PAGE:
Cabot sent one ship back to Spain, with his reports, accusations against the mutineers, and requests for further aid. In the spring of 1529, he returned upriver to Espíritu Santo, which he discovered had been overwhelmed and burnt by the Indians during his absence. He recovered the cannon and returned to San Salvador.
At a council on 6 August 1529, it was decided to return to Spain. Cabot sailed with García to São Vicente. Purchasing 50 slaves there, he coasted Brazil and arrived in Seville on 22 July 1530, returning home with one ship and 24 men.
He was arraigned on charges from the Crown, Rojas, and by the families of Rodas and Méndez. He was condemned by the Council of the Indies on charges of disobedience, misadministration, and causing the death of officers under his command and sentenced to heavy fines and a two-year banishment to Oran in North Africa. His banishment was later doubled.
During these proceedings, however, the Emperor had been absent in Germany. Upon his return, Cabot presented him with descriptions of the region. Although no pardon is recorded and the fines were still paid, it is known that Cabot never went into exile and was pilot-major of Spain until 1547, when without losing either the title or the pension, he left Spain and returned to England, where he received a salary with the title of great navigator.
Later life 
In the year 1553 Cabot discussed a voyage to China and re-joining the service of Charles V with his ambassador in England, Jean Scheyfve. In the meantime Cabot had reopened negotiations with Venice, but he reached no agreement with that city. After this he aided both with information and advice the Muscovy Company expedition of Hugh Willoughby and Richard Chancellor, he was made life-governor of the "Company of Merchant Adventurers", and equipped (1557) the expedition of Steven Borough.
Accounts of journeys 
The account of Cabots journeys written by himself has been lost. All that remains of his personal work is a map of the world drawn in 1544; one copy of this was found in Bavaria, and is still preserved in the Bibliothèque National in Paris. This map is especially important for the light it throws on the first journey of John Cabot. The accounts of the journeys of John and Sebastian Cabot were collected by Richard Hakluyt.
From the later sixteenth century until the mid-nineteenth century it was generally supposed that it was Sebastian, rather than his father John, who led the famous Bristol expeditions of the later 1490s, which resulted in the discovery, or rediscovery, of North America. This error seems to have been of Sebastian's own making, being based on what he told people in his old age. The result was that the influential geographical writer Richard Hakluyt represented John as a mere figurehead for the expeditions and suggested that Sebastian actually led them. When new archival finds in the nineteenth century demonstrated that this was not the case, Sebastian became something of a 'hate' figure - disparaged by Henry Harrisse, in particular, as a man who willfully appropriated his father's achievements and represented them as his own. Because of this, Sebastian received much less attention in the twentieth century - even though other finds demonstrate that he did, for instance, lead some genuine exploratory voyages from Bristol in the first decade of the sixteenth century.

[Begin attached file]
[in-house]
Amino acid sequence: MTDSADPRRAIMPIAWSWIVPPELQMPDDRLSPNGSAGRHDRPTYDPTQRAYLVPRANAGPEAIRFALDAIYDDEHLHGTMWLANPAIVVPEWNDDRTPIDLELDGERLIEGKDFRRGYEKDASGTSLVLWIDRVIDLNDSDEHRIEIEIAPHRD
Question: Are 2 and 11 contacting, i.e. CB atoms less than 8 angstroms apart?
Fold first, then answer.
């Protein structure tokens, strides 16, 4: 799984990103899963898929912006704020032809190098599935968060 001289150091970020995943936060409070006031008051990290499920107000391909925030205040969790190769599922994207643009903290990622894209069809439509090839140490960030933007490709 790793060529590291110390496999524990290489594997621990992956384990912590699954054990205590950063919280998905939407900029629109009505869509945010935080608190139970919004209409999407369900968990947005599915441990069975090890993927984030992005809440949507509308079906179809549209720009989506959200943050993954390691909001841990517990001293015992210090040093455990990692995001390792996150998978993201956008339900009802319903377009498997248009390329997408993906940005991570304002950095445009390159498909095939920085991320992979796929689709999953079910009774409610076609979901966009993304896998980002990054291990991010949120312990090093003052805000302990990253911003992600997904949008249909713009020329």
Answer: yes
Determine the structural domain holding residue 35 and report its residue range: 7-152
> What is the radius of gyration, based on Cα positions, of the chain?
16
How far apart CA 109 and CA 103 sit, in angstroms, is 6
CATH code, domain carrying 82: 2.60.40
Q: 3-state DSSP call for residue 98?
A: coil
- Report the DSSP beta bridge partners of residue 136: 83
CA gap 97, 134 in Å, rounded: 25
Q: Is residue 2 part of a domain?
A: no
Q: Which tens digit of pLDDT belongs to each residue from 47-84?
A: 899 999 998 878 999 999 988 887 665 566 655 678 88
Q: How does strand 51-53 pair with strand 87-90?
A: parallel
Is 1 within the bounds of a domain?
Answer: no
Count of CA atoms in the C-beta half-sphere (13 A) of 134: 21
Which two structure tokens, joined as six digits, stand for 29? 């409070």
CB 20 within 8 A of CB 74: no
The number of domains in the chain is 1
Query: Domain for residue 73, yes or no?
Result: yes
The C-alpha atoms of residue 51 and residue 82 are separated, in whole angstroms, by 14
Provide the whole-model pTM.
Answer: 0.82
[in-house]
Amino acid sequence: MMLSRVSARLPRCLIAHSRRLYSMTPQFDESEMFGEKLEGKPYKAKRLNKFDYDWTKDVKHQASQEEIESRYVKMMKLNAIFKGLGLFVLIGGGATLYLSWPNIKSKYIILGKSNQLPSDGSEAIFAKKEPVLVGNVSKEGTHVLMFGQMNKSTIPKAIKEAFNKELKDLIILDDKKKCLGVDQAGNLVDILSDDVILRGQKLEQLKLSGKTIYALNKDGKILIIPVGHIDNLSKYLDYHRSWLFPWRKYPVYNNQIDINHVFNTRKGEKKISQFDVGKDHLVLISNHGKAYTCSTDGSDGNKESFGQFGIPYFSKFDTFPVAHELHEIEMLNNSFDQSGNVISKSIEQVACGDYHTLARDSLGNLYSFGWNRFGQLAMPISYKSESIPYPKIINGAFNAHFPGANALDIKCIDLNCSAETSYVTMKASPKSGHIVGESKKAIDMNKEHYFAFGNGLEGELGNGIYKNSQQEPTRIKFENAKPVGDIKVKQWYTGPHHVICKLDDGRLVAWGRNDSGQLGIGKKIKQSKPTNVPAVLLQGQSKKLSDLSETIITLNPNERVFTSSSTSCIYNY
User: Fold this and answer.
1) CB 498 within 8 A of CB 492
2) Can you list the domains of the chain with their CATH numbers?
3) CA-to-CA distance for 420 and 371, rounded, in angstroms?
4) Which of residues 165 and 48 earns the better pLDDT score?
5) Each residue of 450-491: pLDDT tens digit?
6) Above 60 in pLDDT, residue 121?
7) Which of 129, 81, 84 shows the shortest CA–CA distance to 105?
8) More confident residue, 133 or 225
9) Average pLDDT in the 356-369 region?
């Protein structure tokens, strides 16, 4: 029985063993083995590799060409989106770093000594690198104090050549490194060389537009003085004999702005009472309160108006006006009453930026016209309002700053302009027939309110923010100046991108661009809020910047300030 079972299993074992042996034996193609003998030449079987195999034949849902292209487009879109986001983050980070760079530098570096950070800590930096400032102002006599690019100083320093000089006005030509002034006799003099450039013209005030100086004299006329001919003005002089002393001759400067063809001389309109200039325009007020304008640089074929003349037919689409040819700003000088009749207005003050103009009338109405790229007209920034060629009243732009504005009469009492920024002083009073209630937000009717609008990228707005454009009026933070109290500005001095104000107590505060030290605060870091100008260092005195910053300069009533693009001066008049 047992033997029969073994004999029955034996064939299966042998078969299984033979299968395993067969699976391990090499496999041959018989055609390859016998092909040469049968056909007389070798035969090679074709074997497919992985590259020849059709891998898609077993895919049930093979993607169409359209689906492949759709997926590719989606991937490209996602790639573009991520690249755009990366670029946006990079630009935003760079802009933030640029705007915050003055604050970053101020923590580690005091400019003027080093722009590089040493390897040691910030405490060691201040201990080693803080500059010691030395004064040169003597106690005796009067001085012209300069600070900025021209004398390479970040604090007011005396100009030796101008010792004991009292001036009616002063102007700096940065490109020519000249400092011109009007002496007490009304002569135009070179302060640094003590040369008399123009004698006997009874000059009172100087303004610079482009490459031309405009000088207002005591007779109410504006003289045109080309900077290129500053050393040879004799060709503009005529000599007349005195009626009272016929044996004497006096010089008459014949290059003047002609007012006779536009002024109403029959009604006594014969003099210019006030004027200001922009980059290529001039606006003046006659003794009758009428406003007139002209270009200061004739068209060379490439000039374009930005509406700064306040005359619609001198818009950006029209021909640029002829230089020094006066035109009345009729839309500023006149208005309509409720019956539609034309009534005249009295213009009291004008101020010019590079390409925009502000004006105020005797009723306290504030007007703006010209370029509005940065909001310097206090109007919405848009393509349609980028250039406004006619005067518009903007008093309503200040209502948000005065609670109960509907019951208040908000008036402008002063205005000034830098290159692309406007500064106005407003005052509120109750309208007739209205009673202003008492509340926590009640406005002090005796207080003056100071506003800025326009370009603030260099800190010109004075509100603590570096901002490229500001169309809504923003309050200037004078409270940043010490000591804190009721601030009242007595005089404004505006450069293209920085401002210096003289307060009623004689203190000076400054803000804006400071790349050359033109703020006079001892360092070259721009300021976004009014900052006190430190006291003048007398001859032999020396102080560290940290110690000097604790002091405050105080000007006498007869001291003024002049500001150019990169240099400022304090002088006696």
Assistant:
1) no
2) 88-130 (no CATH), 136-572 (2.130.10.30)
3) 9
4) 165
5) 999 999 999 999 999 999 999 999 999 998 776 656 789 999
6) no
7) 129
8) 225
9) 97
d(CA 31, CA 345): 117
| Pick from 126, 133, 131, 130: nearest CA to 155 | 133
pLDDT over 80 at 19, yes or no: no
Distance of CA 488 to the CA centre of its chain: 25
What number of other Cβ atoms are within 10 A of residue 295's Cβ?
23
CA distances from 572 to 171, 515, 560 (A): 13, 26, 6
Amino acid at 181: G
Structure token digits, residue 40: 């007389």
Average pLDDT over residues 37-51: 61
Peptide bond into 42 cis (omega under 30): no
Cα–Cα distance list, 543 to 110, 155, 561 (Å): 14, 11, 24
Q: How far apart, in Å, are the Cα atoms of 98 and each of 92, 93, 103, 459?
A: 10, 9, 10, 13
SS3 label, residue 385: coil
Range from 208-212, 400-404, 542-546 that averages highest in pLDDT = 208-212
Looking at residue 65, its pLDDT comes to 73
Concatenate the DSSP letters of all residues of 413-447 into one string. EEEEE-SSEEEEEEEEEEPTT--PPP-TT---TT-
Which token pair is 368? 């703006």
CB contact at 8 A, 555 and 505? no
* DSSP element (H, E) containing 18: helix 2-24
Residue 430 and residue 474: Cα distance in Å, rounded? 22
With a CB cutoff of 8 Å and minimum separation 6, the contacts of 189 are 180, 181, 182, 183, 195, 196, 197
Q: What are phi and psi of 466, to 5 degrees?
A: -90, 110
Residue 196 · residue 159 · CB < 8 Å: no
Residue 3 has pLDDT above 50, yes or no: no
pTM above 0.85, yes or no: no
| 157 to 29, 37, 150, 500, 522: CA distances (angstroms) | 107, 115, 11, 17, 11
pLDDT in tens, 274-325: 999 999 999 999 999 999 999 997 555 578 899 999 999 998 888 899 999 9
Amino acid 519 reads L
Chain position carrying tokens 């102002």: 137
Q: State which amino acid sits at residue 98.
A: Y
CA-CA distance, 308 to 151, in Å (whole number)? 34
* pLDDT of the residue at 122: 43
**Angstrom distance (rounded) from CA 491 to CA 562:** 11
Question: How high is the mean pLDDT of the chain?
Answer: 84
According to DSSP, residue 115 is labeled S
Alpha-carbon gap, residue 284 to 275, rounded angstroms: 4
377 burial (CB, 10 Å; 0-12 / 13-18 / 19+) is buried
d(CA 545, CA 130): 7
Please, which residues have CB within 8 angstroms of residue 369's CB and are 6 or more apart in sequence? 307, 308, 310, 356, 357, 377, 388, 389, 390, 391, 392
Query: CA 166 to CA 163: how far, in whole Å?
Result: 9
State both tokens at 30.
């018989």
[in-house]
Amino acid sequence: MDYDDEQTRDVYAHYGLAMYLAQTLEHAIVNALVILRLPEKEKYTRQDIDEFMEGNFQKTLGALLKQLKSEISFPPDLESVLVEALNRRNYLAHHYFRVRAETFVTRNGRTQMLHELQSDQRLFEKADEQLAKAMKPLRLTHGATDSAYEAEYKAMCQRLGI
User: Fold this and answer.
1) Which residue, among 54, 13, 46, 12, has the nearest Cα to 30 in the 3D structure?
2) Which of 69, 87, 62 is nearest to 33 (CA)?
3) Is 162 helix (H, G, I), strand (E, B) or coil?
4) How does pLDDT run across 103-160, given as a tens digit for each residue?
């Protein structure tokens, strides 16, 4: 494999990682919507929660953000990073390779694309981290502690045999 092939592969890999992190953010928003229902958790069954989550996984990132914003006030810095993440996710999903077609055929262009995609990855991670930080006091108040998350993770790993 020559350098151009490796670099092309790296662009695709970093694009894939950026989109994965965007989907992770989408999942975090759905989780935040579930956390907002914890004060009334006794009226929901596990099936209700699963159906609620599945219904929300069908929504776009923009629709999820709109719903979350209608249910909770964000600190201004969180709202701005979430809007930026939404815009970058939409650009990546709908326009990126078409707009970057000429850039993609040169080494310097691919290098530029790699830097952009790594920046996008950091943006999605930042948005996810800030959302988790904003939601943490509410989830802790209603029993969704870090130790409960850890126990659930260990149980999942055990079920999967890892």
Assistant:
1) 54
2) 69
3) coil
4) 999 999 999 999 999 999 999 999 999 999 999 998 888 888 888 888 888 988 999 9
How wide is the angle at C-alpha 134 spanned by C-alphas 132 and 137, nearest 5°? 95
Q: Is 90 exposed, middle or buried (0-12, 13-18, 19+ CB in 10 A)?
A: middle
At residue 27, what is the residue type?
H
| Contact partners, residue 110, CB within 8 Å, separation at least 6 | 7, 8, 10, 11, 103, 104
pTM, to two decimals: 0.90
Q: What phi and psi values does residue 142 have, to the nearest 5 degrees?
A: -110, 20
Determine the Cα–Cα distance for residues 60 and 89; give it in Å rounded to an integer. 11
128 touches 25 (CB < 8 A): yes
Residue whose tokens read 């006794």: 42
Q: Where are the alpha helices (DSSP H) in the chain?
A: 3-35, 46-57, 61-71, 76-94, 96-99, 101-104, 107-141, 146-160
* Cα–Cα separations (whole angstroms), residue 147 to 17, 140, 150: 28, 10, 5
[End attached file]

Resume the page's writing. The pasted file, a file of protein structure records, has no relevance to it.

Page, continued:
Memorials to Sebastian Cabot 
- A nineteenth-century bronze relief in the Houses of Parliament.
- Biography at the Dictionary of Canadian Biography Online
- Dictionary of Canadian Biography at Google Books
- Appleton's American Biography
- Encyclopaedia Britannica Sebastian Cabot
- Catholic Encyclopedia "John & Sebastian Cabot"
Further reading 
- A.A. Ruddock, 'The reputation of Sebastian Cabot', Bulletin of the Institute of Historical Research, 42 (1974) pp. 95-9.
- Thomas Southey, "Chronological History of the West Indies", Longman, et al., (1827) p. 127
- Sir Harry Johnston, "Pioneers in Tropical America", Read Books, 2006, p. 101 ISBN 1-4067-2269-3
- Robert Kerr, A General History and Collection of Voyages and Travels, W. Blackwood, 1824, pp. 11–12
- William Goldsmith, The Naval History of Great Britain from the Earliest Period, J. Jaques, 1825, p. 51
- Royall, Tyler, ed., Calendar State Papers Spanish, vol. 11 (1916), pp. 30–32, 38–39.
- Wright, Helen Saunders (1910). The great white North: the story of polar exploration from the earliest times to the discovery of the Pole. The Macmillan Company. p. 6.
- Peter Pope, The Many Landfalls of John Cabot (University of Toronto Press, 1997), pp. 58-64.
- Henry Harrisse, John Cabot, the Discoverer of North-America and Sebastian, his Son (London, 1896), pp. 115-25.
- A.A. Ruddock, 'The reputation of Sebastian Cabot', Bulletin of the Institute of Historical Research, 42 (1974).
- William Theed (the Younger), 'Sebastian Cabot before Henry VII'